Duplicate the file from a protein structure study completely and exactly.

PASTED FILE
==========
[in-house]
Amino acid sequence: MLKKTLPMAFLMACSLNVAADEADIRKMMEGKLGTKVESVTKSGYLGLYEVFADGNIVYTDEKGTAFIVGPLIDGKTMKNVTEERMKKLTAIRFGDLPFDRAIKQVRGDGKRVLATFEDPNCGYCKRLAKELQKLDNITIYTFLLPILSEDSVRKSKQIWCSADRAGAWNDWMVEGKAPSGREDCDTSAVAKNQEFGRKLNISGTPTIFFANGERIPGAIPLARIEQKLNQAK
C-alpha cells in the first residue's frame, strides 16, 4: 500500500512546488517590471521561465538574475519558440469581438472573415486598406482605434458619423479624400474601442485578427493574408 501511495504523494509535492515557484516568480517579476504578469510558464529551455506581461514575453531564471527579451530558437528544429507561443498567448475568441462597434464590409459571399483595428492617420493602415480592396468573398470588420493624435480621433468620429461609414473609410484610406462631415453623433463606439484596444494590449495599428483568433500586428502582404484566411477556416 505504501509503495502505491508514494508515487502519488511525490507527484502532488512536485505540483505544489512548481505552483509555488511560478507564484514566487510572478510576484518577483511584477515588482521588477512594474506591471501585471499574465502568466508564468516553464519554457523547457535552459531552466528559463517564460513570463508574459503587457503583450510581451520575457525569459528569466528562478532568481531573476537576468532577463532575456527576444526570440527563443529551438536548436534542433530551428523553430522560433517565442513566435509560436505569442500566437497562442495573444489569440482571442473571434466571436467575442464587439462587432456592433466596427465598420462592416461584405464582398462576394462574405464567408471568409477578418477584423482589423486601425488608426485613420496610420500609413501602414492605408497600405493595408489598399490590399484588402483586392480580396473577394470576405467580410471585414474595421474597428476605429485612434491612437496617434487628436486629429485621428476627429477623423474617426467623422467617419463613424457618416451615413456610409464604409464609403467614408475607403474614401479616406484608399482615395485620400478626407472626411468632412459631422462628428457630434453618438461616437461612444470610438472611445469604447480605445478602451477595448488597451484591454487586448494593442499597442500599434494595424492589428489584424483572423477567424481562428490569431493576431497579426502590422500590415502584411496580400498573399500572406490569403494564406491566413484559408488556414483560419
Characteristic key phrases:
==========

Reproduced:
[in-house]
Amino acid sequence: MLKKTLPMAFLMACSLNVAADEADIRKMMEGKLGTKVESVTKSGYLGLYEVFADGNIVYTDEKGTAFIVGPLIDGKTMKNVTEERMKKLTAIRFGDLPFDRAIKQVRGDGKRVLATFEDPNCGYCKRLAKELQKLDNITIYTFLLPILSEDSVRKSKQIWCSADRAGAWNDWMVEGKAPSGREDCDTSAVAKNQEFGRKLNISGTPTIFFANGERIPGAIPLARIEQKLNQAK
C-alpha cells in the first residue's frame, strides 16, 4: 500500500512546488517590471521561465538574475519558440469581438472573415486598406482605434458619423479624400474601442485578427493574408 501511495504523494509535492515557484516568480517579476504578469510558464529551455506581461514575453531564471527579451530558437528544429507561443498567448475568441462597434464590409459571399483595428492617420493602415480592396468573398470588420493624435480621433468620429461609414473609410484610406462631415453623433463606439484596444494590449495599428483568433500586428502582404484566411477556416 505504501509503495502505491508514494508515487502519488511525490507527484502532488512536485505540483505544489512548481505552483509555488511560478507564484514566487510572478510576484518577483511584477515588482521588477512594474506591471501585471499574465502568466508564468516553464519554457523547457535552459531552466528559463517564460513570463508574459503587457503583450510581451520575457525569459528569466528562478532568481531573476537576468532577463532575456527576444526570440527563443529551438536548436534542433530551428523553430522560433517565442513566435509560436505569442500566437497562442495573444489569440482571442473571434466571436467575442464587439462587432456592433466596427465598420462592416461584405464582398462576394462574405464567408471568409477578418477584423482589423486601425488608426485613420496610420500609413501602414492605408497600405493595408489598399490590399484588402483586392480580396473577394470576405467580410471585414474595421474597428476605429485612434491612437496617434487628436486629429485621428476627429477623423474617426467623422467617419463613424457618416451615413456610409464604409464609403467614408475607403474614401479616406484608399482615395485620400478626407472626411468632412459631422462628428457630434453618438461616437461612444470610438472611445469604447480605445478602451477595448488597451484591454487586448494593442499597442500599434494595424492589428489584424483572423477567424481562428490569431493576431497579426502590422500590415502584411496580400498573399500572406490569403494564406491566413484559408488556414483560419
Characteristic key phrases: